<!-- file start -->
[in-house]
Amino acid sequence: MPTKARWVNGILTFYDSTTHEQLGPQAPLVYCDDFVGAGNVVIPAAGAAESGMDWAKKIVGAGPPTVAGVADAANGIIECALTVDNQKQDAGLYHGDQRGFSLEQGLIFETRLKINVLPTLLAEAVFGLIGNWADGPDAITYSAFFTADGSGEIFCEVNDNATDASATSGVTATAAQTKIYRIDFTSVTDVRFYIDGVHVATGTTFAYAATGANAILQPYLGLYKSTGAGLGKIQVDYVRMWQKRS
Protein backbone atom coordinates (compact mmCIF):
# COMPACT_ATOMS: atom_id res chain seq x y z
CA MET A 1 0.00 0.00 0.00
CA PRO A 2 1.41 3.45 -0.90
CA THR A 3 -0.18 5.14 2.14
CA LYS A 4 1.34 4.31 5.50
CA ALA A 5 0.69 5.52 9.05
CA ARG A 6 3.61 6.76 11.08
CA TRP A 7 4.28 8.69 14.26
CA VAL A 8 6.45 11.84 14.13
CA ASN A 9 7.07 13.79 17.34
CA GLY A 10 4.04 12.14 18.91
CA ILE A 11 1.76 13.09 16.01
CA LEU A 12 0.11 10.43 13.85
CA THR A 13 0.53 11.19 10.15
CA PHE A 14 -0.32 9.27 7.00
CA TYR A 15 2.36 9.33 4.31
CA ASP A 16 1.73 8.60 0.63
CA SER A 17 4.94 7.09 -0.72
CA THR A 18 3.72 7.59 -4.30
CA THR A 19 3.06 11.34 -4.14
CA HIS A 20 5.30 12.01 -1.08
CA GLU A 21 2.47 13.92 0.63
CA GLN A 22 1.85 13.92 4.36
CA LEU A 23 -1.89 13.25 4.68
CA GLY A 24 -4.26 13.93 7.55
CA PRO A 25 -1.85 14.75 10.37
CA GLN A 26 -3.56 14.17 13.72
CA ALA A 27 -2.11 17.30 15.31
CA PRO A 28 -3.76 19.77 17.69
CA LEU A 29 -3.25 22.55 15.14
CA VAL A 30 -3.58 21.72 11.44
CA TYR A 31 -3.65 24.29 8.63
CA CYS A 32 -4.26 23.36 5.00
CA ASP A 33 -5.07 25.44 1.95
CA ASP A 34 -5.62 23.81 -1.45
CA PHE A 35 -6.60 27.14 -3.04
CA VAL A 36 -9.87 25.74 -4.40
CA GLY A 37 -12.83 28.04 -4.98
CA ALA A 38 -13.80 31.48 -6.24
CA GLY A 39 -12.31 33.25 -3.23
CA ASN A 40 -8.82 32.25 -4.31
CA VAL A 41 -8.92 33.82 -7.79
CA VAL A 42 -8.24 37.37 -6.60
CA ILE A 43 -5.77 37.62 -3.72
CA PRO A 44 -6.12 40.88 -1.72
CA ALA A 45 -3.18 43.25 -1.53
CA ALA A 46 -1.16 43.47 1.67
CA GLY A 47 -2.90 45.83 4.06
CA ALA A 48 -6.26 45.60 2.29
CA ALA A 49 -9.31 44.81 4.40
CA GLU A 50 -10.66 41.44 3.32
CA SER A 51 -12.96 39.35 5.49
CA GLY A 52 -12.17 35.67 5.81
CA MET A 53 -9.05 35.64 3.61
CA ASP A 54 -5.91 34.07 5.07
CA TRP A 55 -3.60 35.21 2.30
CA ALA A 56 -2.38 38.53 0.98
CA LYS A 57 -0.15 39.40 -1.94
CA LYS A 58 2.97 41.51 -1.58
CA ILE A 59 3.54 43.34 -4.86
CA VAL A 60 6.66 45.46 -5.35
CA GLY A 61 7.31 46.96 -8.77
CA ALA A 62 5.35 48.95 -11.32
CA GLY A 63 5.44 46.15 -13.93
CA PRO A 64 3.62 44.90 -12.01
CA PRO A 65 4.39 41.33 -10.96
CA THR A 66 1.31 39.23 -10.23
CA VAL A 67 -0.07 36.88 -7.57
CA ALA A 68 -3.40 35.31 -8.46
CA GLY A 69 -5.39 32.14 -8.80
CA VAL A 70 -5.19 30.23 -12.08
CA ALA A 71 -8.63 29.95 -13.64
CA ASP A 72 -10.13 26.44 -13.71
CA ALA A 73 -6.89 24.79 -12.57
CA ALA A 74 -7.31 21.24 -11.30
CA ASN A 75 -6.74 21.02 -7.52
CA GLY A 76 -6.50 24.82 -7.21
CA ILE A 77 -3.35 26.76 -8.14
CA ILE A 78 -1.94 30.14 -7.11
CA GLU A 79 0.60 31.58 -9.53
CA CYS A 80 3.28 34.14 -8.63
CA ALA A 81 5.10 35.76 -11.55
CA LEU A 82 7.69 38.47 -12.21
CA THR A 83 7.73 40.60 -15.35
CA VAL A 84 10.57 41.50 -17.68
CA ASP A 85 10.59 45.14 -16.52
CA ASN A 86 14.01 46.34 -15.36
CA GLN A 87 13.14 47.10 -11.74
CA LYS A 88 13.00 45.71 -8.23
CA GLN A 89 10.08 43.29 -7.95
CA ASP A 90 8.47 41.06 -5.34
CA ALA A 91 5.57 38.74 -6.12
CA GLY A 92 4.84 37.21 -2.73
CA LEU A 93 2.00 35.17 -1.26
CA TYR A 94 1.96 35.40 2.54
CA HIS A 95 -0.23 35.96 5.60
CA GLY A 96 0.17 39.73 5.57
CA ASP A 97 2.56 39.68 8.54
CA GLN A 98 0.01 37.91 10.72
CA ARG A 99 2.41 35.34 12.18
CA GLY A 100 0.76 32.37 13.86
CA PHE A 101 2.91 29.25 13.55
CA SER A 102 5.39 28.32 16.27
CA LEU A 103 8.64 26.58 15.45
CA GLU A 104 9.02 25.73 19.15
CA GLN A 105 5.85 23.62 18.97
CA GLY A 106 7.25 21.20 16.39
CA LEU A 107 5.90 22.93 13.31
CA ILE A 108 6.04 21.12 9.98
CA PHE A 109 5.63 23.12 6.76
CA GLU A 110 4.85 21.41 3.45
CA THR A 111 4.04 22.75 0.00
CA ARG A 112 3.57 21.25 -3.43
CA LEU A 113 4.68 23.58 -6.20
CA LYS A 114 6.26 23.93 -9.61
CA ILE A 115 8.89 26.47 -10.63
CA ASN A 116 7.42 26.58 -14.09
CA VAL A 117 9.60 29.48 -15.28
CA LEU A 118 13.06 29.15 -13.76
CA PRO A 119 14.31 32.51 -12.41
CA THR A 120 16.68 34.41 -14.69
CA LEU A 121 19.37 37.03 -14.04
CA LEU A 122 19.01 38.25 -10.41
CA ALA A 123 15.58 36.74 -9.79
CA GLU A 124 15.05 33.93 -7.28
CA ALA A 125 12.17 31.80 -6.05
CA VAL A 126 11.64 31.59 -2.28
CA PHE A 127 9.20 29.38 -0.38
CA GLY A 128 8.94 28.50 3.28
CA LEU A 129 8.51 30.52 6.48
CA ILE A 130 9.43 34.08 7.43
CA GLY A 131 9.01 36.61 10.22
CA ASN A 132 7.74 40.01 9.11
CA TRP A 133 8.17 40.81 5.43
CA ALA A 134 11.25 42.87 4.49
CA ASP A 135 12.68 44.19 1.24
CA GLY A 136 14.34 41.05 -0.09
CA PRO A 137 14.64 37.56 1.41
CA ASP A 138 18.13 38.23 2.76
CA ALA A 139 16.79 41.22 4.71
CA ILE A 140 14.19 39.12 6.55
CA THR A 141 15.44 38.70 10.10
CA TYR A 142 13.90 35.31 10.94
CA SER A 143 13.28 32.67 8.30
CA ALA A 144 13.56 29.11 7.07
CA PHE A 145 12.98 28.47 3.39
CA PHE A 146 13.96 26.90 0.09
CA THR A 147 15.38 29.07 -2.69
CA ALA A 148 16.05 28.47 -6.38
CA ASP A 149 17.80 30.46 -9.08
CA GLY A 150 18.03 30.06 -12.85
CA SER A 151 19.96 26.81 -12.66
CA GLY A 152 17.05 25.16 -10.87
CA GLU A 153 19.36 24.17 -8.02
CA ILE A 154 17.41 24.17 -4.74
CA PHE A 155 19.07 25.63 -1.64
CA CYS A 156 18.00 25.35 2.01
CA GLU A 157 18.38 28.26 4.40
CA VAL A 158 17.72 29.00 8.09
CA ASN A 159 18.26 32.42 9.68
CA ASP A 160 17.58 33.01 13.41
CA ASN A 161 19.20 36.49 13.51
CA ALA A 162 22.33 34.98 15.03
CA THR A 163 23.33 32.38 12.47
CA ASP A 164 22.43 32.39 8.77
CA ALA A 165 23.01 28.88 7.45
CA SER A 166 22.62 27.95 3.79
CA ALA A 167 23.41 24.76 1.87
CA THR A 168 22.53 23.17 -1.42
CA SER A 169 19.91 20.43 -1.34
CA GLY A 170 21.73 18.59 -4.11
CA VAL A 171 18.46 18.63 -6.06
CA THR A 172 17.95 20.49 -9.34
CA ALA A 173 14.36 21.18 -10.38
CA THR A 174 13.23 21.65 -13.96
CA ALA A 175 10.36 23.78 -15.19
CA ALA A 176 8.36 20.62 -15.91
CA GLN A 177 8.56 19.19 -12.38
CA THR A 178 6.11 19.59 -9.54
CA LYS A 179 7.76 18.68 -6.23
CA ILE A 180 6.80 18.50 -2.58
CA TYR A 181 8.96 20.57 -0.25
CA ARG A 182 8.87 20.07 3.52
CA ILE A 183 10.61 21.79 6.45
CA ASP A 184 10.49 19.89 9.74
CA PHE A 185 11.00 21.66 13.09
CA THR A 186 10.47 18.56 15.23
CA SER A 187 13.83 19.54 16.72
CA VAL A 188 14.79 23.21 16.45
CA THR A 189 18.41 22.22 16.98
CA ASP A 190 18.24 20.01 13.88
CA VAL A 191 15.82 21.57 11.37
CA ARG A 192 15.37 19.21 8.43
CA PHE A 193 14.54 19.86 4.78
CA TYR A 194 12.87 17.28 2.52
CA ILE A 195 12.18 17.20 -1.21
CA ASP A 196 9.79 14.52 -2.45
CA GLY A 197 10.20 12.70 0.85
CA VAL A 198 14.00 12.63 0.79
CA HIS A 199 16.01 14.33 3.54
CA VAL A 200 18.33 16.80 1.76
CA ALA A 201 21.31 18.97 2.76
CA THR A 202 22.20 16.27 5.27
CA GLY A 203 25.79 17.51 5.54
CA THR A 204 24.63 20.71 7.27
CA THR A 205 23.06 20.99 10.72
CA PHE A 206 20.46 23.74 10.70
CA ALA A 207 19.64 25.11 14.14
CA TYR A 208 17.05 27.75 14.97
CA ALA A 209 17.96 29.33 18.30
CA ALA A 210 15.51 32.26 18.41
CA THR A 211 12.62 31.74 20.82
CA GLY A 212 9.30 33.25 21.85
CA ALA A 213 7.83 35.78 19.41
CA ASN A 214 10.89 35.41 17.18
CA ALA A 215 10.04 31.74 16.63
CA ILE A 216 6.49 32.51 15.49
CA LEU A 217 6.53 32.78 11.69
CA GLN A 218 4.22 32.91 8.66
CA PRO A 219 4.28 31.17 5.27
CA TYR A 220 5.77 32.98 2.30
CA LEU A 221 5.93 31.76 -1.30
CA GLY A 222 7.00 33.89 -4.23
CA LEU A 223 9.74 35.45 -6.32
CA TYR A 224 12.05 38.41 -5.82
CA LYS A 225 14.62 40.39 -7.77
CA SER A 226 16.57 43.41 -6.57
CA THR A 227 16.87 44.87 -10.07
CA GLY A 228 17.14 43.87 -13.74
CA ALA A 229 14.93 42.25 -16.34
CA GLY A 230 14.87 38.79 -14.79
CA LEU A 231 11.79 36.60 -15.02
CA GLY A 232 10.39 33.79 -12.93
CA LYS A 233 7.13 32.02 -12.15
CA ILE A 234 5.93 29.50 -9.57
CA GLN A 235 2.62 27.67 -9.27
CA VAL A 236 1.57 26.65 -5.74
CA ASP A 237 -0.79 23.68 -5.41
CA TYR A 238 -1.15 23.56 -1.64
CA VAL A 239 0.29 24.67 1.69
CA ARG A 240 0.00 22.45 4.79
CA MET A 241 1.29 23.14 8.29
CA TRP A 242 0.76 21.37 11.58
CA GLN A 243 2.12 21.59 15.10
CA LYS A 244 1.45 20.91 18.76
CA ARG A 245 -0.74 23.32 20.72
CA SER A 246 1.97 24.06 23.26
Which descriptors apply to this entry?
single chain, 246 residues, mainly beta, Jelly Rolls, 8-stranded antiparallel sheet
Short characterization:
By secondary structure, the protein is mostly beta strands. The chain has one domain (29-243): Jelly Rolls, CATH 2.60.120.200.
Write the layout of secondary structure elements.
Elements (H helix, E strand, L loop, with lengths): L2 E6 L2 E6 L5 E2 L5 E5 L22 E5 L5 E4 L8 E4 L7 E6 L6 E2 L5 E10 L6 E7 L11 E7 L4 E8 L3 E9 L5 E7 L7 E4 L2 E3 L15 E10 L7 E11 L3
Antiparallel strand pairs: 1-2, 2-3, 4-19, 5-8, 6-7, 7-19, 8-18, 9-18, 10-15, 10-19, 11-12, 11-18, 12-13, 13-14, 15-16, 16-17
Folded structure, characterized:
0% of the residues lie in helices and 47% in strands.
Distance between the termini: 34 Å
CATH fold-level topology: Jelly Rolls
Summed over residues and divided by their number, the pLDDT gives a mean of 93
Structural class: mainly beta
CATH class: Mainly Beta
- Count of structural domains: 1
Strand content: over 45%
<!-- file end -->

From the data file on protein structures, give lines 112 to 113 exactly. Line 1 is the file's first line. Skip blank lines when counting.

CA ILE A 108 6.04 21.12 9.98
CA PHE A 109 5.63 23.12 6.76